From an announcement of a sale on December 5, 1895:
RARE BOOKS & MAPS SOLD
Early Views of American Cities – Works on Witchcraft and Genealogy
You know, Because they go together so well.
On my two hour round trip commute each day, I often take a few mental minutes to go over my research and think about things I might have missed or alternate ways of obtaining information. I also think about birds. and Fudge Town cookies.
Whatever happened to those? sigh. *Ahem.*
Well, on Monday it occurred to me that after receiving my great-grandmother Annie McDonald Tierney’s death certificate from the NYC Municipal archives, I had never looked into the possibility that there may be records left from the undertaker who took care of her.
That thought led me to yet another research coincidence – although it is more of a “Hmm, that’s odd” than “Wahoo! Found more useful info!”
Last year I had looked up the undertaker on my great-grandfather’s certificate and it looked like the company was still in business. Unfortunately they did not respond to my message via their web site, so I need to trek over there and talk with a live person. (Because at a funeral home, talking to the other people doesn’t help much.)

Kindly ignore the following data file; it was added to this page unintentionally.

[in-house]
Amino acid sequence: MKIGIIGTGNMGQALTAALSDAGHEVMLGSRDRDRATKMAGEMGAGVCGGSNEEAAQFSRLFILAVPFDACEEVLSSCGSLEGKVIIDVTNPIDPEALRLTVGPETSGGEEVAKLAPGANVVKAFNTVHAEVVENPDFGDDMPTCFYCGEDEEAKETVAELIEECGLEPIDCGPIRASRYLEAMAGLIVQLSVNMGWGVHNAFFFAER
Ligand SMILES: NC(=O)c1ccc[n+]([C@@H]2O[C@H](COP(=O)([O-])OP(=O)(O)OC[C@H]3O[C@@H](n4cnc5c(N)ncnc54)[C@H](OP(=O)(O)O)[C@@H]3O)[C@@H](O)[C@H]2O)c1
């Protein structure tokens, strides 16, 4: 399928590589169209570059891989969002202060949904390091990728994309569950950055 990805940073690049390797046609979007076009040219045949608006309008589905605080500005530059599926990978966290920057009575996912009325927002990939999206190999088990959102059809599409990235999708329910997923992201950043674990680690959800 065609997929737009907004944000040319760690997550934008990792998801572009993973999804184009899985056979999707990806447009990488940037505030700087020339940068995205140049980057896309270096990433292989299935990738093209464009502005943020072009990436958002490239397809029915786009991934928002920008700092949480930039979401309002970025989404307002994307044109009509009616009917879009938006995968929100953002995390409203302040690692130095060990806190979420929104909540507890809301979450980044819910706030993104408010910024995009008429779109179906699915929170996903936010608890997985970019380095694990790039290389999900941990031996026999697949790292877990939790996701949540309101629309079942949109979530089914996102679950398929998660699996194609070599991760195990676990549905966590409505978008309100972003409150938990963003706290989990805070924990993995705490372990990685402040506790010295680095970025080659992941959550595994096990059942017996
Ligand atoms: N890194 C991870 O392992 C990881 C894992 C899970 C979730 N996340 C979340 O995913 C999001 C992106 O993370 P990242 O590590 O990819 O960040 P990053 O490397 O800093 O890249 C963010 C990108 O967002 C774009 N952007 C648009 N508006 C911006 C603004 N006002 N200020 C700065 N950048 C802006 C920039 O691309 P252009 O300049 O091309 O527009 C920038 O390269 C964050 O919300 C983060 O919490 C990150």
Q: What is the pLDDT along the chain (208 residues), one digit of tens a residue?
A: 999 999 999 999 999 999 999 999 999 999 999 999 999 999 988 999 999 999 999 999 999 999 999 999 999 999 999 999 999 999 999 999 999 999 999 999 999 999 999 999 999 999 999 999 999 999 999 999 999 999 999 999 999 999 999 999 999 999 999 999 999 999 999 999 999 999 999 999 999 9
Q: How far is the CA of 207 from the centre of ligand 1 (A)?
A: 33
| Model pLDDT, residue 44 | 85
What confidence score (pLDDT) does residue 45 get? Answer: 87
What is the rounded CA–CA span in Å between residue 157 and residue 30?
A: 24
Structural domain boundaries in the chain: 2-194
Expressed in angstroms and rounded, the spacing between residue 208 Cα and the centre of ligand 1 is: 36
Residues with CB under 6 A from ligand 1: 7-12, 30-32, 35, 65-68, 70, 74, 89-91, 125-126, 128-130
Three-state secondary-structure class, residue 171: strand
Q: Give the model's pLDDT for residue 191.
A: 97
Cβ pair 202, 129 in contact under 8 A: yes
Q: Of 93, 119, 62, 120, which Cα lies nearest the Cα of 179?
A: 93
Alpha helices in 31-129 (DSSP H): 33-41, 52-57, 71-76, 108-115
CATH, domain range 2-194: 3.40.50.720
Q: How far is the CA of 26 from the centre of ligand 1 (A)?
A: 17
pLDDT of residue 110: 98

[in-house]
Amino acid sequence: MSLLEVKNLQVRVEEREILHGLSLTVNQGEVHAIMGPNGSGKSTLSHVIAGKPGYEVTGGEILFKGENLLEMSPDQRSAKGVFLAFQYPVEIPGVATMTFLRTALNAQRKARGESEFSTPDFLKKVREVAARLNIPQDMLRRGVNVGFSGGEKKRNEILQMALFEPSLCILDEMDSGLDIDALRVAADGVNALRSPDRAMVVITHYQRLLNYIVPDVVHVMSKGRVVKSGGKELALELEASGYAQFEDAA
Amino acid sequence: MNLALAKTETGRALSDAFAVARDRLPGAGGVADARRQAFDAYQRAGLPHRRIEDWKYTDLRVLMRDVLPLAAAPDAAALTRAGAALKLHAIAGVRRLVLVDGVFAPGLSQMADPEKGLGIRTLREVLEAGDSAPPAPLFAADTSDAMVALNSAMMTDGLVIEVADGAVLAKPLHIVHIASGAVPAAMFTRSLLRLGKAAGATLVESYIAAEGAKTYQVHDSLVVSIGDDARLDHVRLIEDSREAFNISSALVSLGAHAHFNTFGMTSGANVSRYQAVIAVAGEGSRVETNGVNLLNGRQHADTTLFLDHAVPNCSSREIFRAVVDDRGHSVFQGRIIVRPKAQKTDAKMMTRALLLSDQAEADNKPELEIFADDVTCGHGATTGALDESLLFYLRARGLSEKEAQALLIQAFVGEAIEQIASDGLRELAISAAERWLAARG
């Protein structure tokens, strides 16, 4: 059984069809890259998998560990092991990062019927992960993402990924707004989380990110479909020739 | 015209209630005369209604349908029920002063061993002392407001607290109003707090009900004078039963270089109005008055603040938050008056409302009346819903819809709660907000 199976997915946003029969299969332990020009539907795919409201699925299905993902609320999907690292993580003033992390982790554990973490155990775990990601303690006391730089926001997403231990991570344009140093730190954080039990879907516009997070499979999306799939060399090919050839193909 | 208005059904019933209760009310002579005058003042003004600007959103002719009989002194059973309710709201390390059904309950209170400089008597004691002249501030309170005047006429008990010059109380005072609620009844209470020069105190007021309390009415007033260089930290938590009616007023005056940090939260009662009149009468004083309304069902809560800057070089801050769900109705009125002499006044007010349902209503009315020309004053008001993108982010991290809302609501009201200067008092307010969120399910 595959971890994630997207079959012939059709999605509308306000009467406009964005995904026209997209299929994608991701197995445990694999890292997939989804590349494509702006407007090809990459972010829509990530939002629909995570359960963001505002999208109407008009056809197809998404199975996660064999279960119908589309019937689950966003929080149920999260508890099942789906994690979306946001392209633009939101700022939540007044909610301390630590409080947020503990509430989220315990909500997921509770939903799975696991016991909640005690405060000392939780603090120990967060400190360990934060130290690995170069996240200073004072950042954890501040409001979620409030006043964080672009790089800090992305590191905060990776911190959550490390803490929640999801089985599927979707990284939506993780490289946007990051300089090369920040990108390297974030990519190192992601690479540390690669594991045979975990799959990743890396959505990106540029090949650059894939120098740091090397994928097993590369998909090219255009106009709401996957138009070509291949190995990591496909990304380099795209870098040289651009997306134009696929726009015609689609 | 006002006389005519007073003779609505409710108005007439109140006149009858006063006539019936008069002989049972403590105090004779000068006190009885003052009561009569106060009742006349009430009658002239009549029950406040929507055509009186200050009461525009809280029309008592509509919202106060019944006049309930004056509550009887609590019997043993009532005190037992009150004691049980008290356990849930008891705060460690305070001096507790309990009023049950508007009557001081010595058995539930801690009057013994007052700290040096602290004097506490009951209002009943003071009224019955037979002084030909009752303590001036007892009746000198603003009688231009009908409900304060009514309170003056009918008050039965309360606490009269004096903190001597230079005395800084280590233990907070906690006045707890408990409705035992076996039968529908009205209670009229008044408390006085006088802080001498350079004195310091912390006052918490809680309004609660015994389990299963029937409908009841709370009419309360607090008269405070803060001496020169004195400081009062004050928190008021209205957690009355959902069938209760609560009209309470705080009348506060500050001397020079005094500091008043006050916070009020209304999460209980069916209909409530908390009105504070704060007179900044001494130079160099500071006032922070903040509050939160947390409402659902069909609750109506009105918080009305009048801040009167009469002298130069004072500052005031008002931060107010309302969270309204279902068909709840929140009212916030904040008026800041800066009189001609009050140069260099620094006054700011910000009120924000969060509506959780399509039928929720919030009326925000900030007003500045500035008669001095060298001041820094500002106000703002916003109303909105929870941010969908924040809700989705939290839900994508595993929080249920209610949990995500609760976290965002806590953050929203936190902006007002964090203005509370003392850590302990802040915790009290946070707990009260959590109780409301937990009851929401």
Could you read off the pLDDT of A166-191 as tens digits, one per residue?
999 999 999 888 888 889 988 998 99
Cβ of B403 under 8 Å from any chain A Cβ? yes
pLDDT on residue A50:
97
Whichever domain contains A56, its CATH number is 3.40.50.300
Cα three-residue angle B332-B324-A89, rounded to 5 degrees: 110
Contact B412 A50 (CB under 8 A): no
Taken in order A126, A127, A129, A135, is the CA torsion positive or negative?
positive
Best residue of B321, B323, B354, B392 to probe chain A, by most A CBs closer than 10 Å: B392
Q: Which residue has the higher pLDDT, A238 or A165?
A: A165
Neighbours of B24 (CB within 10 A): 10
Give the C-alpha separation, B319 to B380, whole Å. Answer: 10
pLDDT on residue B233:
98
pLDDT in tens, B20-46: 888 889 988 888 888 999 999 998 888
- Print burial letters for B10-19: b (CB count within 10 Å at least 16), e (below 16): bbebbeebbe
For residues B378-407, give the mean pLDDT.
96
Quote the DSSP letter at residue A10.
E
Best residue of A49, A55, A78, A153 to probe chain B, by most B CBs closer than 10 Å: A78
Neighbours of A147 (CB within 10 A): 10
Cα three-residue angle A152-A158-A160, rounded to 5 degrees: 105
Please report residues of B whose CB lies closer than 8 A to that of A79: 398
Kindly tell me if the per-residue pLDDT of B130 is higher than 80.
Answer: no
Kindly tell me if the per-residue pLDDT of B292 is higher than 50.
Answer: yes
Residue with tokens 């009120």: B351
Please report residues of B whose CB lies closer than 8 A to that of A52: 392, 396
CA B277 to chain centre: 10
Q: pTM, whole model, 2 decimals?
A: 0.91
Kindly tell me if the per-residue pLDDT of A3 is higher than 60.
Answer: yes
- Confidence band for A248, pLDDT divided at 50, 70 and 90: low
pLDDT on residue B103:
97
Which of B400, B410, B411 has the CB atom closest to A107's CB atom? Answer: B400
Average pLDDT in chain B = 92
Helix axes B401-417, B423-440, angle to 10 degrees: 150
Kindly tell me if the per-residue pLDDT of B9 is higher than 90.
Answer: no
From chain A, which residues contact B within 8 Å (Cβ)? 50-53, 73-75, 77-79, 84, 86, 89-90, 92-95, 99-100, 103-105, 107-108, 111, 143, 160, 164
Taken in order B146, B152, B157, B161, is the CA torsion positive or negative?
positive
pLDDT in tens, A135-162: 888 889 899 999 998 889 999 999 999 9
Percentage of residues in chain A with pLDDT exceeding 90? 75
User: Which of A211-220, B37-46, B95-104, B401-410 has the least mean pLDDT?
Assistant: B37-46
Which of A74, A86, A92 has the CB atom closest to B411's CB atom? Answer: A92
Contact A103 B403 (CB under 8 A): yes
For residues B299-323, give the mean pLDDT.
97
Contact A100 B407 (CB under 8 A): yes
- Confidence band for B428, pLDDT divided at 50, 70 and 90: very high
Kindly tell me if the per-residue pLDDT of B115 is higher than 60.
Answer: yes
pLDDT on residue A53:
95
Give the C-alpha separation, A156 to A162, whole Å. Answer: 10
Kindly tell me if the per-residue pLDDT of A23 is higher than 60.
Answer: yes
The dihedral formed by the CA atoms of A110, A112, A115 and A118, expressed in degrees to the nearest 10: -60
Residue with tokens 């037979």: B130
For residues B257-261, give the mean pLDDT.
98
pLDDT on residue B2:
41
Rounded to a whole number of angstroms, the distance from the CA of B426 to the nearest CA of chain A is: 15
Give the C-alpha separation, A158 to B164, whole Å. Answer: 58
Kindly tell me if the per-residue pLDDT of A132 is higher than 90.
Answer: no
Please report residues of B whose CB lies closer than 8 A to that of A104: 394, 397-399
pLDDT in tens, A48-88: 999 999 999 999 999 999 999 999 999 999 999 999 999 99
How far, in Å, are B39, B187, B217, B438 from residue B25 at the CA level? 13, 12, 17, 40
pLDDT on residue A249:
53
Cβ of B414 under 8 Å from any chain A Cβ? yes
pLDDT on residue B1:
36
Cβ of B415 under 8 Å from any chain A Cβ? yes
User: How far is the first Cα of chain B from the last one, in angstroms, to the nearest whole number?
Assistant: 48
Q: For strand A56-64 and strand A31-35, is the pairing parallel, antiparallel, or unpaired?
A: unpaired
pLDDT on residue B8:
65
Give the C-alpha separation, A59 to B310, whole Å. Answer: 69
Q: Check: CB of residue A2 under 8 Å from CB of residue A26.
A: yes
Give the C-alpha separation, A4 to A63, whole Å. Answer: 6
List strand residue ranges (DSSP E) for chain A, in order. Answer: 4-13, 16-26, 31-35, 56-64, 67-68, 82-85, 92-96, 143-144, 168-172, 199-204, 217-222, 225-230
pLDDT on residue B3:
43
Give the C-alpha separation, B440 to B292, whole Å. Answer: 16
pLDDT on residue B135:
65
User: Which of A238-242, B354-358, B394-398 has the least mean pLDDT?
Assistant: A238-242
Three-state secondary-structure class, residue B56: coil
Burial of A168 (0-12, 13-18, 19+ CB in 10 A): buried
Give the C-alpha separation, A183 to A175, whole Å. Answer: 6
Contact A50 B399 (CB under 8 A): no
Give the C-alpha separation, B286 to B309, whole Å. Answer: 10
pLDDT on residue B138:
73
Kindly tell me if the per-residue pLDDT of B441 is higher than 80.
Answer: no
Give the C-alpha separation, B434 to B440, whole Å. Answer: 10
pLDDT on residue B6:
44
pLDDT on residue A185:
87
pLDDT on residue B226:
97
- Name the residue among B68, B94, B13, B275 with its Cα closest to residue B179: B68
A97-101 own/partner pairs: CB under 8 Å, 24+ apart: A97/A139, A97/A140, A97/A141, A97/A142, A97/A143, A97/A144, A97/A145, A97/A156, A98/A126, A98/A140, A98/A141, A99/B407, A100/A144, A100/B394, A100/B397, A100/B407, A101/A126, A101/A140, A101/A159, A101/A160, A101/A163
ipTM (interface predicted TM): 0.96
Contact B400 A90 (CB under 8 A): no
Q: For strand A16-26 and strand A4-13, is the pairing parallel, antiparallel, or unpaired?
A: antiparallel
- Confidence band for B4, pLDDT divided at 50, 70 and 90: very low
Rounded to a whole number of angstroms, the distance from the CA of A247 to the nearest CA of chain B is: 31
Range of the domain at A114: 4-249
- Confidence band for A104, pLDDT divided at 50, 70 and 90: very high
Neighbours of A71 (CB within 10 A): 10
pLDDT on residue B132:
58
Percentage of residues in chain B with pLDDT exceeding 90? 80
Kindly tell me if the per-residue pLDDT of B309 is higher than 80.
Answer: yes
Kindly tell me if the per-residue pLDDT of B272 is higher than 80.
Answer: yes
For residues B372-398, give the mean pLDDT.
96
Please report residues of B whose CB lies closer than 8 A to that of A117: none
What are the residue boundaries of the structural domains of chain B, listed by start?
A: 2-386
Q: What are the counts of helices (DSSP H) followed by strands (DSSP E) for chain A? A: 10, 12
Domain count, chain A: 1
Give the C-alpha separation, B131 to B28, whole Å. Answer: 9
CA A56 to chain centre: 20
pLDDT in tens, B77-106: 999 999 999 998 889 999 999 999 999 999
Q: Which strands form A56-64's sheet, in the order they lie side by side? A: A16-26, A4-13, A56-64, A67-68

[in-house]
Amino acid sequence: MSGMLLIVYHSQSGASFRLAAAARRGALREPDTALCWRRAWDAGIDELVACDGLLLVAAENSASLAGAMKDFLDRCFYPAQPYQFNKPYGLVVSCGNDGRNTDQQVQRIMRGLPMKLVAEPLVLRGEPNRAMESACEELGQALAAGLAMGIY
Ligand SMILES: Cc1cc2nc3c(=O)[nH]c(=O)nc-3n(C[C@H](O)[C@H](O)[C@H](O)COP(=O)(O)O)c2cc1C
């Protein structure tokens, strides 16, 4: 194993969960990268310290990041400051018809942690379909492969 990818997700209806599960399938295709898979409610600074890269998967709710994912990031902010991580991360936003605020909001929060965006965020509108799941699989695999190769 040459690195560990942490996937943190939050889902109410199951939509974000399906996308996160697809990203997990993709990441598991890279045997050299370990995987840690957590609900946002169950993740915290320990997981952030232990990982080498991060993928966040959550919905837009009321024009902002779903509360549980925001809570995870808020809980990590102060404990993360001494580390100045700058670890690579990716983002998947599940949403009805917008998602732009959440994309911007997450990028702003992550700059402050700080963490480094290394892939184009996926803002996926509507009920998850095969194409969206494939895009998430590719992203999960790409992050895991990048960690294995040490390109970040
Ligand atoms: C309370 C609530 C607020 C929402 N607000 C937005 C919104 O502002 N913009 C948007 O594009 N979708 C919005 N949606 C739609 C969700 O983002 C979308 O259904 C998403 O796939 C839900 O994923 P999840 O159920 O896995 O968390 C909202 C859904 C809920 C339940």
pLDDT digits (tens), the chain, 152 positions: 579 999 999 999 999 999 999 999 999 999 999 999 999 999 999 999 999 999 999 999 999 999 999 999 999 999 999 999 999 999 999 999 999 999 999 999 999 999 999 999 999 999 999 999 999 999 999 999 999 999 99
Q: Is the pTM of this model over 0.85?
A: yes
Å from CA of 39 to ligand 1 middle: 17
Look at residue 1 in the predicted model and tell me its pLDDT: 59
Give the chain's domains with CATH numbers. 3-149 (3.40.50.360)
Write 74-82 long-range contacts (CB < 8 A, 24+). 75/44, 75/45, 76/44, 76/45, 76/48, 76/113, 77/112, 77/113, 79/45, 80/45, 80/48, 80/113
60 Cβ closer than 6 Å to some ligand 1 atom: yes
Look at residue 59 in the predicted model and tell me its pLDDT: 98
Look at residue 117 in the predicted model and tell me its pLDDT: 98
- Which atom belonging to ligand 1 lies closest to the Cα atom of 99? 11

So, a quick look at GGM Annie’s certificate told me that the undertaker was one Joseph M. Mulligan of 617 East 138th Street. Read More | Comments
In a previous post on my great-grandfather, the New York City Municipal Policeman I included a photo comparison of an image from our family album and one from a page of the book “The New York Irish” that I believe to be him.
Now, unprecedented in Tierney family research, I have updated that comparison with new and intriguing evidence. I leave you, dear reader, to form your own opinion of the great importance of this finding. Thank you and good night.
Great Uncle James has some things to learn. Like selecting the proper tool to pick up the baby.